Lou Gehrig, who played in his last major league game on June 30 this season, is elected to the Hall of Fame. The five-year waiting rule is waived because of the Yankees first baseman's diagnosis of amyotrophic lateral sclerosis (ALS).
At the urging of Senator owner Clark Griffith, the other American League owners enact a rule prohibiting the league's pennant winner from buying, selling or trading players during the following season. The winter meeting decision appears to have the desired effect as the Yankees finish in third place.
Tony Kubek (.297, 3, 39) is selected over Boston's infielder Frank Malzone (.292, 15, 103) by the BBWAA as the American League Rookie of the Year. Much to the dismay of the 27-year old Red Sox Gold Glove All-Star third baseman, he becomes ineligible when the writers, during the season, change the minimum number of career at-bats to determine rookie status.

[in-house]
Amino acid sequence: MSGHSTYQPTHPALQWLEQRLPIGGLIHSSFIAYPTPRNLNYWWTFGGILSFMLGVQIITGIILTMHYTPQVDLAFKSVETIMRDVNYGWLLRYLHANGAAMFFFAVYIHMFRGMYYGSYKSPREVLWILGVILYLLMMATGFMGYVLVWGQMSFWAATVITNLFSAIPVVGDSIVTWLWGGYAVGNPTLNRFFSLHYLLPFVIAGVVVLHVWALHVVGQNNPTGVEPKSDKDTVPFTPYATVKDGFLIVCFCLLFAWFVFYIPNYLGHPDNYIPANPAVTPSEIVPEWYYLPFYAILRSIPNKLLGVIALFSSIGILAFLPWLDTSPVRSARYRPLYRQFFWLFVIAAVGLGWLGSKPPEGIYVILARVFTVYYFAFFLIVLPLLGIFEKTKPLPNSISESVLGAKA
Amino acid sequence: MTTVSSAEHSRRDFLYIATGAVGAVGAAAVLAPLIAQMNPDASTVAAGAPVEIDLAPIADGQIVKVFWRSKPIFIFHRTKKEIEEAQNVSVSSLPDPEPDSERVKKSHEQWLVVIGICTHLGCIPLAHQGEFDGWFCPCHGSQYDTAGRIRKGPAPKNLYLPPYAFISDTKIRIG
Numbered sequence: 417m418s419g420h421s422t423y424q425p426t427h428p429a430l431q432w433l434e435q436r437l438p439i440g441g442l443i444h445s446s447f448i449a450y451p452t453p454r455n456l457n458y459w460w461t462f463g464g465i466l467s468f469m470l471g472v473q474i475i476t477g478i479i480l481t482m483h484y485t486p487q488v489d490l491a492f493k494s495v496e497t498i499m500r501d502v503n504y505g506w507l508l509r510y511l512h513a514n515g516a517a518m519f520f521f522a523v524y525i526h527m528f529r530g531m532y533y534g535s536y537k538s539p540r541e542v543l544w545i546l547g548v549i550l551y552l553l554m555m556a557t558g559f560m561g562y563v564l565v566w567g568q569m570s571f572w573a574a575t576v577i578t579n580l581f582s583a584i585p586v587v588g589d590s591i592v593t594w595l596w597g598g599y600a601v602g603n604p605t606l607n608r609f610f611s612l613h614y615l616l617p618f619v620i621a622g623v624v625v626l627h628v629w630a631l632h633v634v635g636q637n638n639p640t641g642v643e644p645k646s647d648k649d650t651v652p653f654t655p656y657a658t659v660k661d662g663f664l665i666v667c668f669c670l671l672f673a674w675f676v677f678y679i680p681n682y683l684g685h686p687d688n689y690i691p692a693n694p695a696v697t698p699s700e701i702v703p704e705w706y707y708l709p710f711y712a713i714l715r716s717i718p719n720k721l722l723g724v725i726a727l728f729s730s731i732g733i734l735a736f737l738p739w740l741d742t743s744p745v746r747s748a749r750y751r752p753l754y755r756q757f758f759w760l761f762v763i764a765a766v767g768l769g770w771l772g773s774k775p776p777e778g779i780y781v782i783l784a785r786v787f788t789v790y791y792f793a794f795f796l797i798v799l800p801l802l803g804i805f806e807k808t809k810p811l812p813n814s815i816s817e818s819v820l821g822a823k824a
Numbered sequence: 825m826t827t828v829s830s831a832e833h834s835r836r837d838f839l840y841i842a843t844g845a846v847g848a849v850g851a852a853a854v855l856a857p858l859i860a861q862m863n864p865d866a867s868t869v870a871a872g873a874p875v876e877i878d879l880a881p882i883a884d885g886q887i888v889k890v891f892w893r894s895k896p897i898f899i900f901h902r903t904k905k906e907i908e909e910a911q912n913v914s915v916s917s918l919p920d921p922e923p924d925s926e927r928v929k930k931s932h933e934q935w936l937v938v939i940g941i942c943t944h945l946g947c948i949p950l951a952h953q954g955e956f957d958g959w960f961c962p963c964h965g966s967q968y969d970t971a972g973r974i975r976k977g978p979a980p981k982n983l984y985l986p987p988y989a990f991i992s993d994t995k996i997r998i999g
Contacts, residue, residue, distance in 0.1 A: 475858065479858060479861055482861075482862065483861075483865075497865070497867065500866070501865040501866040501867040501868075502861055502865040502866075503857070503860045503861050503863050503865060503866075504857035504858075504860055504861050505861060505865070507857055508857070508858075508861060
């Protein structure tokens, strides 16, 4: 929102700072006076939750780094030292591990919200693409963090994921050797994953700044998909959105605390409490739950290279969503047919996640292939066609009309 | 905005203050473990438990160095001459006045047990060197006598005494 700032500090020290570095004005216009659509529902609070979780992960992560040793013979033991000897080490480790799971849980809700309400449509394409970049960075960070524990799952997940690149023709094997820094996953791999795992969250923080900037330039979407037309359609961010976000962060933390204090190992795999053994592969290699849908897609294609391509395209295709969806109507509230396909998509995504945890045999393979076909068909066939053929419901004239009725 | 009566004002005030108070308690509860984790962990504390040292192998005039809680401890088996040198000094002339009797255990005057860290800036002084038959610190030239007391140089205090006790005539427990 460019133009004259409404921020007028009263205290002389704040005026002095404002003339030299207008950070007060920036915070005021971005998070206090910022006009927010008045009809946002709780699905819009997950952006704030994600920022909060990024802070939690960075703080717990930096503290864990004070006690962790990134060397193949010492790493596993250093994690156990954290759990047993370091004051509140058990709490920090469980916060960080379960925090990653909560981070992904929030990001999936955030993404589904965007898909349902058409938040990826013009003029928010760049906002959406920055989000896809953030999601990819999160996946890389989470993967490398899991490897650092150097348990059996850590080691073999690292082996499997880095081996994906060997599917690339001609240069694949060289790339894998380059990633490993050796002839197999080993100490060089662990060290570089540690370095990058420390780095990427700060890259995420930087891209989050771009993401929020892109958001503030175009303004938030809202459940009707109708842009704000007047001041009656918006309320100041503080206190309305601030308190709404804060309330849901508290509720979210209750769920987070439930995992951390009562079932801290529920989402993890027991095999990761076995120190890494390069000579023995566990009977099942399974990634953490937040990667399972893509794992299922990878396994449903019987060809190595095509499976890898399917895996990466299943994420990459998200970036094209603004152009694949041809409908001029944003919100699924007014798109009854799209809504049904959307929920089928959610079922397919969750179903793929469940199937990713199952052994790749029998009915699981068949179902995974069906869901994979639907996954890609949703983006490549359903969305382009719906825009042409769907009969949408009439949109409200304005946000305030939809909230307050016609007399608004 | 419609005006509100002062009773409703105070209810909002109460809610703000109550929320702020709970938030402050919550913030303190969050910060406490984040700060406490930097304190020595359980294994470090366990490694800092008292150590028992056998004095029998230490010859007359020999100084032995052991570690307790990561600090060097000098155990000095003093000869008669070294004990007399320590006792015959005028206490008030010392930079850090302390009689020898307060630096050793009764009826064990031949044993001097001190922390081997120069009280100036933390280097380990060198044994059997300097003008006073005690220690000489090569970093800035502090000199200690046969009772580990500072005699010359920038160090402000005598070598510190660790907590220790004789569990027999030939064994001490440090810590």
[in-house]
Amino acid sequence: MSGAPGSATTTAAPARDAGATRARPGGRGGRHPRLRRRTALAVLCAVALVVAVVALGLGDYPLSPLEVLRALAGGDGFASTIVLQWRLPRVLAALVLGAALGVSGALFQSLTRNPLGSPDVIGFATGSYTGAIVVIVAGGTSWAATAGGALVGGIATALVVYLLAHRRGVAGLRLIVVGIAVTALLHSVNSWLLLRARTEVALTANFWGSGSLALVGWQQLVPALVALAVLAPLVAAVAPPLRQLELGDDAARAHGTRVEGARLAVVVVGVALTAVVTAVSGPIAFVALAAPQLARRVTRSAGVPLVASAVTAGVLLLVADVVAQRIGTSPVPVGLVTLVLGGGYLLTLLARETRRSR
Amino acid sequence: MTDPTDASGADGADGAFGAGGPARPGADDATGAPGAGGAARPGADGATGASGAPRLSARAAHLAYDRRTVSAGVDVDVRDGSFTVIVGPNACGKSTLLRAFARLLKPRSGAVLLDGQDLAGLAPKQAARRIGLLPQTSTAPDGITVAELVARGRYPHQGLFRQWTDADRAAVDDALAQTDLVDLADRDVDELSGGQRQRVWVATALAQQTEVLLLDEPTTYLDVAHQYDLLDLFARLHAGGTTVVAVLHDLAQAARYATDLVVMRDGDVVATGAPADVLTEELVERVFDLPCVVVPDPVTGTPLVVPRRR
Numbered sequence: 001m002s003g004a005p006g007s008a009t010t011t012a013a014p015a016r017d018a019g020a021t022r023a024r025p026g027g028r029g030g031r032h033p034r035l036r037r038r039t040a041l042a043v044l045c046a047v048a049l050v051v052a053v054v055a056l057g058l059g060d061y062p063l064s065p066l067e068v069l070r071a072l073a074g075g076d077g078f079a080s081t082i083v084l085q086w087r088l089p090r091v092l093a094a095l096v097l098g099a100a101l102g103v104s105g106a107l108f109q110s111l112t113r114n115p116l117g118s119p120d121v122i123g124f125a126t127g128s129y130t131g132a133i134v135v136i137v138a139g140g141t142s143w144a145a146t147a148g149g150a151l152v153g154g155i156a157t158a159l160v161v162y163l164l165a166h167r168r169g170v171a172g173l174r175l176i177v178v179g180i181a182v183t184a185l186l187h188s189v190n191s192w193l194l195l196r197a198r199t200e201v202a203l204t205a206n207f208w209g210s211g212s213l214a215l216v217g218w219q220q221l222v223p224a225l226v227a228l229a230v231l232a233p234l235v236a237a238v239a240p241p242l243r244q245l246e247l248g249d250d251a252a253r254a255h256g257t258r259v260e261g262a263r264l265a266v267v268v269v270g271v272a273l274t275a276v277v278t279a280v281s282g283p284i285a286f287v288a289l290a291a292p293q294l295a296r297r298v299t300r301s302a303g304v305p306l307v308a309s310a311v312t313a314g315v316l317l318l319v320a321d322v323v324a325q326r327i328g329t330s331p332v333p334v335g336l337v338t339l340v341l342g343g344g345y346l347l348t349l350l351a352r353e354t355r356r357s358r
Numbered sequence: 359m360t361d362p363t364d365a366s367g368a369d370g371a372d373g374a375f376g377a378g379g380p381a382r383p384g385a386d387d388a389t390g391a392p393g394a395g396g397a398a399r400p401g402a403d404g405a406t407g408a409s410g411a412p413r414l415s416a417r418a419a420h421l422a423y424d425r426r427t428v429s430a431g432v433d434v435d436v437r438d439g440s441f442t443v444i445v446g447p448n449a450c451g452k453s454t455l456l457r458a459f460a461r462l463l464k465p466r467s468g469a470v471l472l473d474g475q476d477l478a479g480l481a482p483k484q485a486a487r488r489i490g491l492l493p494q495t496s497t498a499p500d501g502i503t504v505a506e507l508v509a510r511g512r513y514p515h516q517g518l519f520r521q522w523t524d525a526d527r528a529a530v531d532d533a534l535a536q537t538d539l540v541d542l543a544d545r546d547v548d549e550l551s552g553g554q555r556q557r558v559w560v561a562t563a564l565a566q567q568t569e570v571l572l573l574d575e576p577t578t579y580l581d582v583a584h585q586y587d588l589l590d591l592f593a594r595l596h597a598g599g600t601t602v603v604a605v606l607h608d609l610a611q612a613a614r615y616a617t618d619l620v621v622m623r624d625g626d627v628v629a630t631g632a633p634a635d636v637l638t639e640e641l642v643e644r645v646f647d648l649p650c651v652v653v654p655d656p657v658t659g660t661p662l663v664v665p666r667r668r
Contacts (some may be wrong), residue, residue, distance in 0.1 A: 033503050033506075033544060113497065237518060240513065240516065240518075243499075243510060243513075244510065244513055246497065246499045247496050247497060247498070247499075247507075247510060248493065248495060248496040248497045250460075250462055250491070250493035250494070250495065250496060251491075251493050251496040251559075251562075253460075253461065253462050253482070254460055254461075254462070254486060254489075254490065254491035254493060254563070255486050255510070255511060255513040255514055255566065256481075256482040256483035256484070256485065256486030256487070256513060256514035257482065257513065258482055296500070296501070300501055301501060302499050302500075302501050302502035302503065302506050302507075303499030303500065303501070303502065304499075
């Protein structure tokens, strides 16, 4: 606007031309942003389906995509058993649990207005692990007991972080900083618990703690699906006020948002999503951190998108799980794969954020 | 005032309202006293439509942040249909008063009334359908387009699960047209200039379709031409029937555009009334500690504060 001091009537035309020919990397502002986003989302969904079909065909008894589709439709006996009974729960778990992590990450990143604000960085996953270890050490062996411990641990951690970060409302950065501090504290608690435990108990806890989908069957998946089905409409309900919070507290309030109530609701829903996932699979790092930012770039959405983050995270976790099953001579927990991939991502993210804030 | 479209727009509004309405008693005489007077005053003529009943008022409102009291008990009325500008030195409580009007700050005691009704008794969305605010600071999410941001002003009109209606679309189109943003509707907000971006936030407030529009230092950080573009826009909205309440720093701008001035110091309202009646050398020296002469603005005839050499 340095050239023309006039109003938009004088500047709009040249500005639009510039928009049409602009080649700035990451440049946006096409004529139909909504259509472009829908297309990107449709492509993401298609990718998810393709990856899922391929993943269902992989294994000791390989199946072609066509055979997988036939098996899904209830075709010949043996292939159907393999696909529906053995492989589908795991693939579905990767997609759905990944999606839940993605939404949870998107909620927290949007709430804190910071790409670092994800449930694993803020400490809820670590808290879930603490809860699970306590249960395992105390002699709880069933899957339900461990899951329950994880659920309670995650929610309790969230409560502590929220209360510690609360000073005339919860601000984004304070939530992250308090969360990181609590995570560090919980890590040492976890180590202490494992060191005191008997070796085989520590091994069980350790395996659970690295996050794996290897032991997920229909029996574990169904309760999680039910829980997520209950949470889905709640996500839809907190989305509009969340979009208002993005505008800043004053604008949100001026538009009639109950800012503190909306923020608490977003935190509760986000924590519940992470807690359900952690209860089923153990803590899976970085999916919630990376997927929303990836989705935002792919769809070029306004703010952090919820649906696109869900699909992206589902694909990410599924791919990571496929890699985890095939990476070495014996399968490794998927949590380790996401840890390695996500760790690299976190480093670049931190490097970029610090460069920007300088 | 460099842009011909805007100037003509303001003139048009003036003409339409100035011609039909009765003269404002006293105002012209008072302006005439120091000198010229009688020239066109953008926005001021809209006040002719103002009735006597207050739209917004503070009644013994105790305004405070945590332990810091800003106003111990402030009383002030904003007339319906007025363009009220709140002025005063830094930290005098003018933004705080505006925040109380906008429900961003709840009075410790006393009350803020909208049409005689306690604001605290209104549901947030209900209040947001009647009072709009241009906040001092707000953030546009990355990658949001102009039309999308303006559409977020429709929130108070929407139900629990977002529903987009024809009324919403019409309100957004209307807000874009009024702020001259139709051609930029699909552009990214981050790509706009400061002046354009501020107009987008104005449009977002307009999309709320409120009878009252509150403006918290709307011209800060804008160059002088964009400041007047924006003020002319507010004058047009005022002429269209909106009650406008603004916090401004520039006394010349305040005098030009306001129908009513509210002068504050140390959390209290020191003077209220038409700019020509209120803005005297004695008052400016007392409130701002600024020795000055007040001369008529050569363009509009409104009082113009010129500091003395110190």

Tom Tresh, the Yankees shortstop and left fielder is selected as the American League’s Rookie of the Year by the BBWAA. The 24-year old son of former major league catcher Mike Tresh gets 13 of the 20 votes cast by the writers, with Bob Rodgers (4), Dean Chance (1), Dick Radatz (1) and Bernie Allen (1) also receiving consideration.
Dick Ellsworth is traded by the Cubs to the Phillies for right-hander Ray Culp and cash. During his eight-year tenure in Chicago, the southpaw, who had both a 22-win (1963) and 22-loss (1966) season for the club, compiled 84 victories, the most by a North-side hurler during the decade.